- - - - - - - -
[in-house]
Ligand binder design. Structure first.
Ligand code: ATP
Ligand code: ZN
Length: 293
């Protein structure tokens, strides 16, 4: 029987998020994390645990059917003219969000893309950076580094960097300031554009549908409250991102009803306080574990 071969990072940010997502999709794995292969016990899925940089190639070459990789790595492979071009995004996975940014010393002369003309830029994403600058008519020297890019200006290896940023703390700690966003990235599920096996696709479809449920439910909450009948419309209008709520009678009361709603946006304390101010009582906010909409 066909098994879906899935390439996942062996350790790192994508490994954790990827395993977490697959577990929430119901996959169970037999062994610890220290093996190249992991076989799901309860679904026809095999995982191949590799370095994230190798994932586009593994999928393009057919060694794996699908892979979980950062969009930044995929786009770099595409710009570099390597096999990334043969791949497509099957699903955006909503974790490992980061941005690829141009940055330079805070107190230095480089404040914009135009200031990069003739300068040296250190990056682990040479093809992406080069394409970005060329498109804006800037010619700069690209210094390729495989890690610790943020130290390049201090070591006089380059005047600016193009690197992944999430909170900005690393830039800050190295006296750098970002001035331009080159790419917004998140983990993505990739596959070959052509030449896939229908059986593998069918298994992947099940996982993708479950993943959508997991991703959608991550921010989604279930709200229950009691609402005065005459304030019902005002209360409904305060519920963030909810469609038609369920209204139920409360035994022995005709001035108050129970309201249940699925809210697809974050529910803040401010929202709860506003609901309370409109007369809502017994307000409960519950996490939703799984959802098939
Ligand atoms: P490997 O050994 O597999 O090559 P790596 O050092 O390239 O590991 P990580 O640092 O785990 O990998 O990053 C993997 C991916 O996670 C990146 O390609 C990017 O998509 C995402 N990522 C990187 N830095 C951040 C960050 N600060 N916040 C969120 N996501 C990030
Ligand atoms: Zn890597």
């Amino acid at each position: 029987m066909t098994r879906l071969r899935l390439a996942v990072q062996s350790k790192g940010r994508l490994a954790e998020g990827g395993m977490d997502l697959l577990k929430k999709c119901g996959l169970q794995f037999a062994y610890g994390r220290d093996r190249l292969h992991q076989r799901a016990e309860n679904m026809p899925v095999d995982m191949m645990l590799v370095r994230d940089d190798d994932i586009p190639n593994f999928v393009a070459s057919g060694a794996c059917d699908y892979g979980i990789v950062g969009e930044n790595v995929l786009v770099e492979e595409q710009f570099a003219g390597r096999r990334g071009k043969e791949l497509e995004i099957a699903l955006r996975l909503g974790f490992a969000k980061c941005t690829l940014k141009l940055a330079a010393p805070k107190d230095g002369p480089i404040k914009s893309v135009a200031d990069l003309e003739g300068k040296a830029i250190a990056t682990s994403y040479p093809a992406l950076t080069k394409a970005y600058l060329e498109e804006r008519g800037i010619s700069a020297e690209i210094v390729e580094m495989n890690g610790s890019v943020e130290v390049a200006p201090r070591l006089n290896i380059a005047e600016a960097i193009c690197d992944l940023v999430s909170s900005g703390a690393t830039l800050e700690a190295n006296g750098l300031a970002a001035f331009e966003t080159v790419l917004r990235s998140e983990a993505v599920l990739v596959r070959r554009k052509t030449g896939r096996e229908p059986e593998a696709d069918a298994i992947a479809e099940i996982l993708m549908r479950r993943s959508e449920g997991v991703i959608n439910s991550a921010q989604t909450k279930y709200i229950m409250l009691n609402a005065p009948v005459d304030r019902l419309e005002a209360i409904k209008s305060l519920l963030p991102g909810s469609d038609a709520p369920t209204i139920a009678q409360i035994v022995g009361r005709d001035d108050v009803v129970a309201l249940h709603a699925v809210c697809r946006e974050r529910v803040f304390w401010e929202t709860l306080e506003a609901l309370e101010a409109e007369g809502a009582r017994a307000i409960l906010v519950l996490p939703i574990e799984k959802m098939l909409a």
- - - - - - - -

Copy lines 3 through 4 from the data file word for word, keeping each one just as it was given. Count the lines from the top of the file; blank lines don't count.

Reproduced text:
Ligand code: ATP
Ligand code: ZN